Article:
How Much Calcium Should I be Taking?
It is essential that you consume enough calcium in your diet to prevent the breakdown of your bones. Adults between the ages of 18 and 50 should aim for 800mg of calcium per day. There is a worry that those who choose to drink milk alternatives may not be getting enough calcium. Here are the facts;
What Foods Do I Get Calcium From?
Calcium is abundantly found in dairy foods and it is well absorbed from these sources. Dairy foods provide an abundance of essential nutrients including protein, vitamin D, phosphorus, and of course calcium. Leafy green veggies, nuts and dried fruit do contain some calcium and they all seem like great alternatives for reaching your calcium requirements, your body does not efficiently absorb the nutrients as well as it does from a dairy source. For instance, you would need to consume two servings of brocolli or one serving of kale, or six of spinach to achieve the same amount of calcium found in one cup of milk!
However, whether you’re cutting out milk-based products because due to allergies or otherwise, there are many dairy substitutes readily available to you on the shelf or over the counter and you can consider the following options;
When it comes to milk alternatives soya milk has been an extremely popular alternative to dairy milk over the years. It is made from the bean extract of soybeans and comes in sweetened, unsweetened and flavoured varieties such as chocolate and vanilla.
Dairy milk is a complete protein food, meaning that it contains all essential amino acids necessary for good health. Soya milk is the only vegetarian complete protein. It is also more readily absorbed, contains similar levels of calcium and vitamin D, and almost as much protein as milk (8 – 10 grams of protein per serving).
Almond milk has become increasingly popular in recent times because it has a naturally sweet and creamy taste and is great for baking. Almond milk is made of ground almonds, water and usually a little bit of sweetener, but like most dairy alternatives, unsweetened versions are just as widely available. However, although it is high in Vitamin E, it has much less protein, and unfortified versions lack vitamins, minerals and trace elements than dairy milk and soya milk. Other common nut milks that you see on the market include cashew and hazelnut.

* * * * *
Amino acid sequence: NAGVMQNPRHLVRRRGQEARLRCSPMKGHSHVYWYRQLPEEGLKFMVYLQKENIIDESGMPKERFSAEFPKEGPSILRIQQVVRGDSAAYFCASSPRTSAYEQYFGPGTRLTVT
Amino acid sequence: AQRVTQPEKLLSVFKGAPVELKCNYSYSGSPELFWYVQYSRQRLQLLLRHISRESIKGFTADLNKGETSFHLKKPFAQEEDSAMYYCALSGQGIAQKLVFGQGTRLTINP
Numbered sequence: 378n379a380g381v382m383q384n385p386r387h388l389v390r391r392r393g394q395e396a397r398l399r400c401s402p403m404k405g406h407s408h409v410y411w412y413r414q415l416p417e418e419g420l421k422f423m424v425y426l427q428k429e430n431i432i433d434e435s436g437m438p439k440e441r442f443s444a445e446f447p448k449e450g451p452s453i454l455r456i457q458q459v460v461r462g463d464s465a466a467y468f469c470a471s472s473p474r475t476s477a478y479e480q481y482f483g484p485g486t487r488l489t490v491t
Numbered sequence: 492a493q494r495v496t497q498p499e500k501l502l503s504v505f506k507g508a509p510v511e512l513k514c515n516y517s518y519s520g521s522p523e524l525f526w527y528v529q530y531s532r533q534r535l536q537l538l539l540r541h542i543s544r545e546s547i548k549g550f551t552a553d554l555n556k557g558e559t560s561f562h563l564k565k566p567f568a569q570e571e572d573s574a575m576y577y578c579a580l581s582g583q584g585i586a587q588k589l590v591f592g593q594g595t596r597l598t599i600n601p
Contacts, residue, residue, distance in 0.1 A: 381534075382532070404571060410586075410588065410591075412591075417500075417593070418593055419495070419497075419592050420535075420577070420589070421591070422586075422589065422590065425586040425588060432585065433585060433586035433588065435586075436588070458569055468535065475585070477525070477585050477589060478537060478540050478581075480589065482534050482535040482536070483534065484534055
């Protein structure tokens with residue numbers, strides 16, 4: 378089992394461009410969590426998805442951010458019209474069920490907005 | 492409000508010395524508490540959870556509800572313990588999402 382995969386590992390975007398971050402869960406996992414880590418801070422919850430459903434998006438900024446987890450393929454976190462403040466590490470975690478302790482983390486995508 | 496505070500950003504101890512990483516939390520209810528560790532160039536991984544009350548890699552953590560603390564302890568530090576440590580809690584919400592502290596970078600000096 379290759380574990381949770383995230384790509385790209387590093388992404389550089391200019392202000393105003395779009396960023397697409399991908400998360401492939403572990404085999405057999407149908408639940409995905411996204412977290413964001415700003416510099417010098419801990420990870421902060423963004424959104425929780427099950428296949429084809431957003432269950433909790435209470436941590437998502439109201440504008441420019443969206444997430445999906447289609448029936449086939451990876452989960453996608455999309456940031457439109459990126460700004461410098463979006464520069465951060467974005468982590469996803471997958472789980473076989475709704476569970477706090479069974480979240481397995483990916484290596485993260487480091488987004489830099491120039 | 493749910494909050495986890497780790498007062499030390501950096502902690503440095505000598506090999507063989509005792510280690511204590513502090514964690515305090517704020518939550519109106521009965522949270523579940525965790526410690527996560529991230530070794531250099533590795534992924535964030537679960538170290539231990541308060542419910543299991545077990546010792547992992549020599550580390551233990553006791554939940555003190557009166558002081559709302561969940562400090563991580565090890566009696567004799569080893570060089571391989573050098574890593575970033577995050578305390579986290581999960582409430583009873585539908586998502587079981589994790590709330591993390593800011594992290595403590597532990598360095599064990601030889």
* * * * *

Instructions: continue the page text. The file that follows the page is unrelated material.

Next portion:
For those allergic to soya milk, rice milk is your best option. It is made from boiled rice, brown rice syrup and brown rice starch. Rice milk is high in carbohydrates and low in protein compared to dairy milk.
As it is quite thin and watery, rice milk is not especially well suited for use in cooking or baking. Rice milks is not naturally rich in calcium, so it is sensible to choose a variety that is fortified with this mineral if it is intended to replace cow’s milk. It’s worth noting if you have kids that rice milk isn’t suitable for infants and children under the age of five.
Coconut milk may be the milk alternative with a texture closest to that of whole milk. Be mindful that coconut milk is relatively high in fat, with about 5 grams of saturated fat per serving. Coconut milk, along with most nut milks, is another good baking option.
The bottom line is that just because it comes from plants instead of a cow, doesn’t mean it has a health halo. When choosing a dairy replacement it is always a good idea to consider these three things:
- Fortification: Choose one that is fortified with calcium and Vitamin D to help keep your bones strong as unfortified versions don’t contain nearly as much, if any.
- Sugar:Dairy milk has natural sugars. Many of the alternatives have added sugars. But they also come in unsweetened forms — so choose those for your coffee or cereal. You can always add a little sugar if needed.
- Protein: If your milk alternative does not have much, add it elsewhere in your diet. For example, if you make your porridge with almond milk, stir in some nut butter.